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Lowering your sodium intake means lowering your cortisol level

Lowering your sodium intake means lowering your cortisol level
A diet with less sodium than we are used to consume improves the mood, makes us a bit leaner and, if we are to believe animal studies, can also enhance muscle growth. Australian researchers, affiliated with Deakin University, may have found out how this is possible. According to their study, the less sodium we consume, the less cortisol our body produces.

Too much sodium
Every day adults need about 4 grams of salt (the main source of sodium). Nutrition scientists advise not to increase the daily intake of salt by more than 6 grams per day. However, most of us consume much more, thanks to the intake of ready-to-eat foods. Numerous studies indicate that a high salt intake increases the risk of hypertension, cardiovascular disease, kidney disease, osteoporosis and stomach cancer.

During 24 hours, the researchers collected the urine from 120 school children aged 5-12 and their 100 mothers. In the urine they determined, among other things, the concentration of sodium and that of free cortisol.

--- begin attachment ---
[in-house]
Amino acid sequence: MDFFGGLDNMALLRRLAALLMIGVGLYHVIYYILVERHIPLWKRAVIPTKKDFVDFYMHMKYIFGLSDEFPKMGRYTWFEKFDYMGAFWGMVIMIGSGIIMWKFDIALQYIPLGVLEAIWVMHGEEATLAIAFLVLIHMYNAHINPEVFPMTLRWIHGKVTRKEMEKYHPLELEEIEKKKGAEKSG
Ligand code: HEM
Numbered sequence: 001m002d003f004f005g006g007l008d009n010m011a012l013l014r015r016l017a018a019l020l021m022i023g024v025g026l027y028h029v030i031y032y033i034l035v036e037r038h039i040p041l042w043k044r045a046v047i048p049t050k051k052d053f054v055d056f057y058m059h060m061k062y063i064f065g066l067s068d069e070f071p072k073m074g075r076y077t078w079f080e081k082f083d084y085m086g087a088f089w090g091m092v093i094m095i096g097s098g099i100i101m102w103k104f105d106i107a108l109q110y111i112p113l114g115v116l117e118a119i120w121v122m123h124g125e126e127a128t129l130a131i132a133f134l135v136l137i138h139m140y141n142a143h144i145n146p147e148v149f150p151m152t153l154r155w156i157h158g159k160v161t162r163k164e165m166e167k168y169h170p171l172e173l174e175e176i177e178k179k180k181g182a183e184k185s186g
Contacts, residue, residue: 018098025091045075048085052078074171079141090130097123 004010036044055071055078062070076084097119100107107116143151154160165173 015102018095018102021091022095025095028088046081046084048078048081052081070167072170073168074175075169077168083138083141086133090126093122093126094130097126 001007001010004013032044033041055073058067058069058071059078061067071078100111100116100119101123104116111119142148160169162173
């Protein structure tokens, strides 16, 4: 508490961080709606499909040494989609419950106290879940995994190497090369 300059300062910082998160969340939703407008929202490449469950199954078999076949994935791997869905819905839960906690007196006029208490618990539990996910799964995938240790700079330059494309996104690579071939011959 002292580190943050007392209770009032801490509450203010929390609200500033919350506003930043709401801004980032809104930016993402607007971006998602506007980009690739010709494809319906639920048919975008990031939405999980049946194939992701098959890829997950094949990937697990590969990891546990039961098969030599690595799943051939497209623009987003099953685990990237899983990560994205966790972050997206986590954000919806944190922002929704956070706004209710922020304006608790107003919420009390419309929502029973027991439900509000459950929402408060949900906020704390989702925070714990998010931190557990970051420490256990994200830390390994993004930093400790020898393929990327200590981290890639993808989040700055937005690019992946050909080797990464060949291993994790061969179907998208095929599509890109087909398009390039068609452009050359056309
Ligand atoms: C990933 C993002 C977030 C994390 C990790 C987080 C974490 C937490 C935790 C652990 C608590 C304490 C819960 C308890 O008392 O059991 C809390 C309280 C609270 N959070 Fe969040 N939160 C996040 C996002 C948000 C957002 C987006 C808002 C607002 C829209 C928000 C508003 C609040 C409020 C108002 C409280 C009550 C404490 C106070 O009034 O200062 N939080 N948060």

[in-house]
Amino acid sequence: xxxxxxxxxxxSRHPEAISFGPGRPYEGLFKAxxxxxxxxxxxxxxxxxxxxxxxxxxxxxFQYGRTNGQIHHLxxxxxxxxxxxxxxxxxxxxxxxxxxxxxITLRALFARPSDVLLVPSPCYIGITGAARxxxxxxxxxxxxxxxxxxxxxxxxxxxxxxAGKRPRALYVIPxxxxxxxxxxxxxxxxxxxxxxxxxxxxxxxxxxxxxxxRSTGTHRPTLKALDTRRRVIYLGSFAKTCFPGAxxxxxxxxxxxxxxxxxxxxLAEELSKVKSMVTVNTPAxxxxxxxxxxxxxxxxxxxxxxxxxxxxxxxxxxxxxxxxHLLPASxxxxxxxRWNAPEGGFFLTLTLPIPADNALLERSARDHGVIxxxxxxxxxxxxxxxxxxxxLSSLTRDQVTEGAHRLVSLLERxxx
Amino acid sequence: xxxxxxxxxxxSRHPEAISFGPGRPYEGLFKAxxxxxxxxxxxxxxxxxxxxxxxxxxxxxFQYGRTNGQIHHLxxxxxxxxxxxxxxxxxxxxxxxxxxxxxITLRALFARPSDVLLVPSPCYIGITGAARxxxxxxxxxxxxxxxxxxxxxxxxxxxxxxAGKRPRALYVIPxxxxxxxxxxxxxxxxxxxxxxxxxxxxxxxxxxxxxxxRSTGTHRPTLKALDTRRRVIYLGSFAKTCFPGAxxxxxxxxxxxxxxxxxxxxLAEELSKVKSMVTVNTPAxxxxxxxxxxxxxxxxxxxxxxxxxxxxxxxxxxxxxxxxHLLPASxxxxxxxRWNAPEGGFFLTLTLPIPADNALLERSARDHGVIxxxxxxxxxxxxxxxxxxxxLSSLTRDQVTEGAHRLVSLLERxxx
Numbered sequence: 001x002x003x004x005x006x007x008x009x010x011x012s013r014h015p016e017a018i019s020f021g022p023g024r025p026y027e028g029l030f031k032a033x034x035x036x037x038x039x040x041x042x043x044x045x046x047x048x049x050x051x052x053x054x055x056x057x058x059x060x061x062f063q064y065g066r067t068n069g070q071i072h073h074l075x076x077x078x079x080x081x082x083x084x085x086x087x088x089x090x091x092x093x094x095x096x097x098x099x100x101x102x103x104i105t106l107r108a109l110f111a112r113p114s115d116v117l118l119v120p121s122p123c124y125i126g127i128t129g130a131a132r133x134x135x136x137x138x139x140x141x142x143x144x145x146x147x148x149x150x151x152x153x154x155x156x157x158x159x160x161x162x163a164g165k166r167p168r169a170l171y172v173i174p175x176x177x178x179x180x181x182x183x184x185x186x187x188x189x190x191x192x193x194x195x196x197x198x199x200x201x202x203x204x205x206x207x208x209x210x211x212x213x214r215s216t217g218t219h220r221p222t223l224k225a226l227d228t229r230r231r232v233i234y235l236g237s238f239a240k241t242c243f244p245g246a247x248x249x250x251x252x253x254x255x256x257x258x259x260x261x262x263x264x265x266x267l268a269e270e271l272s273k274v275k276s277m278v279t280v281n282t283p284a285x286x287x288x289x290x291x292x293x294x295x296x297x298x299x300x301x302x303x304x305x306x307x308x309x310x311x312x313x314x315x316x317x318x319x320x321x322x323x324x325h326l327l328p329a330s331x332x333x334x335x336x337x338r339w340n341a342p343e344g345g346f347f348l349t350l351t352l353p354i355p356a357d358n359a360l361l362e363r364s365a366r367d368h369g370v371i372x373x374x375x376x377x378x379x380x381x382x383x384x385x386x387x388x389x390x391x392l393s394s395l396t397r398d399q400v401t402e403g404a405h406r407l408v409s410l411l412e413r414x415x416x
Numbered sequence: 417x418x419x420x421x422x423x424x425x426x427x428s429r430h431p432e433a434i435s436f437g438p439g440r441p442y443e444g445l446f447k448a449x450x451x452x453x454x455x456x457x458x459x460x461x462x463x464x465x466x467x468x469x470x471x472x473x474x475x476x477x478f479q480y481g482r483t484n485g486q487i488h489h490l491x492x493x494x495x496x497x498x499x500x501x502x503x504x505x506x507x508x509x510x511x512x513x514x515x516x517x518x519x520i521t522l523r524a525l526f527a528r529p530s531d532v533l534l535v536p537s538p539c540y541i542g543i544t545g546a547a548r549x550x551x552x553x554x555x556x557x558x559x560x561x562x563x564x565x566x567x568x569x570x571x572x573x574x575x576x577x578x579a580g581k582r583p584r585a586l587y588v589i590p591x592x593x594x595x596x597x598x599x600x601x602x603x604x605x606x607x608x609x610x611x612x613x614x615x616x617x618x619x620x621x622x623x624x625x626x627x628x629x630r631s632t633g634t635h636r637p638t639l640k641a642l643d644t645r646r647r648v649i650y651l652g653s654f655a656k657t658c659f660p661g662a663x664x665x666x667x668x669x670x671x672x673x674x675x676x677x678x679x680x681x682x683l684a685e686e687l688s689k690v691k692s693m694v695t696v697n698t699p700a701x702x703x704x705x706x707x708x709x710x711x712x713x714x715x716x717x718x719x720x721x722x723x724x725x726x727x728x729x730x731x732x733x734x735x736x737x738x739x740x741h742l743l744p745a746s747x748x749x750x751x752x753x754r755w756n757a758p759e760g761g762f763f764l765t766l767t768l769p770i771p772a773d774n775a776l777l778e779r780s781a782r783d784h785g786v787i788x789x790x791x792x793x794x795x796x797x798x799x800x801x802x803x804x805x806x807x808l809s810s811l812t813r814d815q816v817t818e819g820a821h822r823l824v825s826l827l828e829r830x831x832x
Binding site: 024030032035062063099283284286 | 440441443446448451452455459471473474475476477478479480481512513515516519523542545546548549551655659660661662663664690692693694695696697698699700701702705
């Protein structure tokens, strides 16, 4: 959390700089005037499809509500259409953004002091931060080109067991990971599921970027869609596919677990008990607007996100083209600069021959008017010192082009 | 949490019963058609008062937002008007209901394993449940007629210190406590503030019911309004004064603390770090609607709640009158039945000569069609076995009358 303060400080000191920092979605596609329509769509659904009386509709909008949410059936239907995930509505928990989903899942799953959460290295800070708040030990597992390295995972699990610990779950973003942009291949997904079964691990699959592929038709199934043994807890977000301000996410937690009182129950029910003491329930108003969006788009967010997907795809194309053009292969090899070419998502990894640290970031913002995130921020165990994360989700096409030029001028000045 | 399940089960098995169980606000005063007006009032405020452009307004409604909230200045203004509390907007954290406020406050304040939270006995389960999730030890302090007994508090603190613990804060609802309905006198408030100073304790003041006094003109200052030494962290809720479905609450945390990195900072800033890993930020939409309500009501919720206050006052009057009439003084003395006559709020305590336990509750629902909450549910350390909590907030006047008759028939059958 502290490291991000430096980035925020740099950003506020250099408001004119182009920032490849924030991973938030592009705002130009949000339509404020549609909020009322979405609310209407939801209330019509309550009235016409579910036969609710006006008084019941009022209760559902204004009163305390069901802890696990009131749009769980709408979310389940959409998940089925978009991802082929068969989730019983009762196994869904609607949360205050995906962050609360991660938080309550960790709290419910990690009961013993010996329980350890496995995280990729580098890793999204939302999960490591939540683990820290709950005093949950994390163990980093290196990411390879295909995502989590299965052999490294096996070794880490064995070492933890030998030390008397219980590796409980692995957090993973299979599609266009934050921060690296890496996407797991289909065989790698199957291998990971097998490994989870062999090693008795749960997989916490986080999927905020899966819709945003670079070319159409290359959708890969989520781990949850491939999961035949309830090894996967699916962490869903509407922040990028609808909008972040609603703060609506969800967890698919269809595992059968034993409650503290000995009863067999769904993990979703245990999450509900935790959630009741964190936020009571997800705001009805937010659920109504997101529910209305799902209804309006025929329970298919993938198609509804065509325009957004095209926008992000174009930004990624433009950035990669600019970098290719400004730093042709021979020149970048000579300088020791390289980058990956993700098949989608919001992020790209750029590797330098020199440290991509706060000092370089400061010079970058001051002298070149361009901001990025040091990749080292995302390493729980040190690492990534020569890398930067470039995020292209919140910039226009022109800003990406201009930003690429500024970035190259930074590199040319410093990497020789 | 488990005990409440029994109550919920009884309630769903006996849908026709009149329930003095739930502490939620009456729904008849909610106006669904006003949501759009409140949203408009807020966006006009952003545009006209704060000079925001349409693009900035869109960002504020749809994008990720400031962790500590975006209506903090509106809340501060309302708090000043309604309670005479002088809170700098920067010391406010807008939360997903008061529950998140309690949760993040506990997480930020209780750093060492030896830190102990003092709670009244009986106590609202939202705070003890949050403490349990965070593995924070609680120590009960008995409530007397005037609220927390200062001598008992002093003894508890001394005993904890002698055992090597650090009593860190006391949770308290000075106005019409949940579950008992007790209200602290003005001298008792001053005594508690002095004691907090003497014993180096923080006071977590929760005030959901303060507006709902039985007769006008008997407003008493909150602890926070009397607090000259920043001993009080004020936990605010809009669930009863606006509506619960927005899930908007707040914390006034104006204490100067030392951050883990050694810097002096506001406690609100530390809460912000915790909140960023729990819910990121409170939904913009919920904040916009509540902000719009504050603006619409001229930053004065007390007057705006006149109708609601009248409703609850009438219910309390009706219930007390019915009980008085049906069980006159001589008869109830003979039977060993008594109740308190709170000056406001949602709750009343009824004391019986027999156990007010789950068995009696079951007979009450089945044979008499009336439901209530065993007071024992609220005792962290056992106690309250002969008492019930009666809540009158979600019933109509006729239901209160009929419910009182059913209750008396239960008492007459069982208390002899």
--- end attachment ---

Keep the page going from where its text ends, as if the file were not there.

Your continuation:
In the both the children's and their mothers' samples, the researchers detected an association between cortisol and sodium. The higher the concentration of sodium in their urine, the higher the concentration of free or unbound cortisol.

Lowering your sodium intake means lowering your cortisol level

Lowering your sodium intake means lowering your cortisol level

"In conclusion, in a population of schoolchildren and their mothers, this study has shown that high sodium [...] intake is associated with increased production of cortisol", write the Australians.

"The negative health implications of elevated cortisol exposure are well documented. Future research should include metabolic studies to investigate mechanisms that might be involved and the effect of sodium reduction on cortisol levels in these target populations."

Br J Nutr. 2018 Oct 30:1-22. doi: 10.1017/S0007114518003148. [Epub ahead of print].

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